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Reflection on Cederlöf (2013): Founding an Empire on India’s North-Eastern Frontiers 1790-1840: Climate, Commerce, Polity
In the following, I would like to reflect on three issues that catched my interest while reading and listen to Gunnel Cederlöf’s work: the categorization to make entities governable, the perception of nature as a stable environment and the natural landscape as boundary.
Categorization to make something governable – nature and people
In Cederlöf’s book it becomes clear that mapping and categorization where the main techniques of the preparation of Southeastasia to become incorporated into the British Empire. As Michel Foucault (who is surprisingly missing in Cerderlöf’s book as a reference) showed in his influential work on governmentality, territory and bodies were the objects of the early modern modes of governing: disciplinary power and biopower. Without a map, there is no territory to be governed on, without no system of categorizing land, animals and people there are no beings that are to be governed. This strongly reminded me of several of our last readings in our second Environmental History course. A common conclusion of all of them was that it was the scientific revolution – driven by the ideas of a Francis Bacon or a Carl von Linné – that provided the basic tools for the colonial endeavor. Cederlöf’s work supports this historical explanation at various points.
Perception of nature as a stable environment
By listening to Gunnel’s lecture I also remembered an axiom of the modern thinking that Dipesh Chakrabarty referred to in his article “The Climate of History”: the conception of nature as something that does not change or at least does not change enough to be an object of a historical or political enquiry. This idea, hold from influential figures from Collingwood to Stalin only makes sense in a very anthropocentric world view. And although it can be assumed that it has already been dominant during the 18th century, it baffled me how entrenched this axiom was in the mindsets of colonial officers. Drawing maps over and over again in a landscape that changes significantly every year through heavy Monsoon floods, trying to categorize the land in the delta of Bengal to make it arable and taxable – in retrospective these officials do a hard but hopeless job. But it reflects the past of these individuals themselves, being brought to the very margins of the Empire but with the experiences of only slightly changing seasons (compared to the suptropical climate) and moreover, land that belongs not only to some man but also to some fixed territory. These revealings of Cederlöf’s book might lead one to the conclusion that the stability of nature as an environment is a distinctive Western idea that became universal through imperial practices as exmeplified in her book.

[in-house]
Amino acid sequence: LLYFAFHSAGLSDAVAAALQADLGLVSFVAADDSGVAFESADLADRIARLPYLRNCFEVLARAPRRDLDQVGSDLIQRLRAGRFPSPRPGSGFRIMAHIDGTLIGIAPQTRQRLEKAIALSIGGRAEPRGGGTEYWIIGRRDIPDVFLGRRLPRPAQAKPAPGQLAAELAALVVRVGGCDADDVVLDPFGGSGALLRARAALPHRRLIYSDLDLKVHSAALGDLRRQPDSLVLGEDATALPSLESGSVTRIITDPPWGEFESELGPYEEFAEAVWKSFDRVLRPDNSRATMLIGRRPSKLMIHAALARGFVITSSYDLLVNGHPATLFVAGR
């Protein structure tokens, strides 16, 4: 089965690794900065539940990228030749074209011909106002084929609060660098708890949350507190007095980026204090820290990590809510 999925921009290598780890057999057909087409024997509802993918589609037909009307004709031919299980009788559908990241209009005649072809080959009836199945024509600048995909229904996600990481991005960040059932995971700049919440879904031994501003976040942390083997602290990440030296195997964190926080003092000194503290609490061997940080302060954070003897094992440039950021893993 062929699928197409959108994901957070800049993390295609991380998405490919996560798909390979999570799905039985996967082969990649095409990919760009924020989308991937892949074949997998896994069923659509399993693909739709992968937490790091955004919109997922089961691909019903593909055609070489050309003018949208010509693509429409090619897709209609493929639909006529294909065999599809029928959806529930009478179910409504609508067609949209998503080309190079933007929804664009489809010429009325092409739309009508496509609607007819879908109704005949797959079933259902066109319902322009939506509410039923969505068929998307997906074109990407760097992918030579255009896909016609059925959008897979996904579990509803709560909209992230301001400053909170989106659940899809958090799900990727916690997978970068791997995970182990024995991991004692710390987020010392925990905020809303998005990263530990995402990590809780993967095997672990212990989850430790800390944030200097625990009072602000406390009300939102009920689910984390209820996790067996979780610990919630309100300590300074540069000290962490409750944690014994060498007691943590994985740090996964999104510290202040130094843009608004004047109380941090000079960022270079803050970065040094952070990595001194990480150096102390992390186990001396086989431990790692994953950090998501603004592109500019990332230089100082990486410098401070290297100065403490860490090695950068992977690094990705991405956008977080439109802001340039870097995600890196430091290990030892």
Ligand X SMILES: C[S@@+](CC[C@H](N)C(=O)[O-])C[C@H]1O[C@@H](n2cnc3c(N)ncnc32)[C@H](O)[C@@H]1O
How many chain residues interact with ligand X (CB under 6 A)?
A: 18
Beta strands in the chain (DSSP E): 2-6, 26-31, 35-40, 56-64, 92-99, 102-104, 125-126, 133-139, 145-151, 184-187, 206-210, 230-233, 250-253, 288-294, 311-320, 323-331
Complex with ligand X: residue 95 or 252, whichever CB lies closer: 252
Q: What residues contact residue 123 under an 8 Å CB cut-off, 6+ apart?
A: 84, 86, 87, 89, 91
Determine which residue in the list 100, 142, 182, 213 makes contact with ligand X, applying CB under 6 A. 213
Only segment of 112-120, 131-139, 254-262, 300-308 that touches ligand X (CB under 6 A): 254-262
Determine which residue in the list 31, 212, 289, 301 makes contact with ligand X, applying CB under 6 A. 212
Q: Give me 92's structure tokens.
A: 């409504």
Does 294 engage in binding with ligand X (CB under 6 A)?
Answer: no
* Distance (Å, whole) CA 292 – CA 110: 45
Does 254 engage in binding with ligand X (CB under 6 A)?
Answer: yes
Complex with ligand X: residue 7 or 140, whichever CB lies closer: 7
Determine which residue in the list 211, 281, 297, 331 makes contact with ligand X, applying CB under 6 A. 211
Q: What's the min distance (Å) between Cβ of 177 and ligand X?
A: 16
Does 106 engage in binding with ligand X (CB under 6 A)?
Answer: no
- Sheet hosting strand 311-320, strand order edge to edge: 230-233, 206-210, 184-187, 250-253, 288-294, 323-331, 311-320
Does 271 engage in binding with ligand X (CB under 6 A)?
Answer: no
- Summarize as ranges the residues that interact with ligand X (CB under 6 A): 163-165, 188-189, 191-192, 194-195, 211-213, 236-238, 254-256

Natural landscape as boundary
Connected to the axiom of the unchanging “nature” of environment is also the idea that one can draw borderlines from the natural landscape. This reminded to our reading of Richard White’s article on the “Nationalization of Nature” in which he discusses the legal dispute on the catching rights of “US-canadian” and “Canadian salmon”. The imposition of social institutions on nature seems to be a distinctive feature of our modern times and Gunnel Cederlöf provides one good example by describing the sruvey of the Sylhet-Tripure border between 1821 and 1822. The colonial official Fisher followed the rivers to find out where the hill ranges begin – but finally had to stop his search for the natural boundary of the region as it’s climate just didn’t work in that way. However, his “food steps” were traslated into first maps of the Sylhet-Tripure area, became governmental district borders in the Empire and finally, a national border between India and Bangladesh. Certainly, the history of the constitution of the two nation states of today is much broader and complex but it can not be written without this reference to the Western spatialization of the environment for the purpose of colonial rule.
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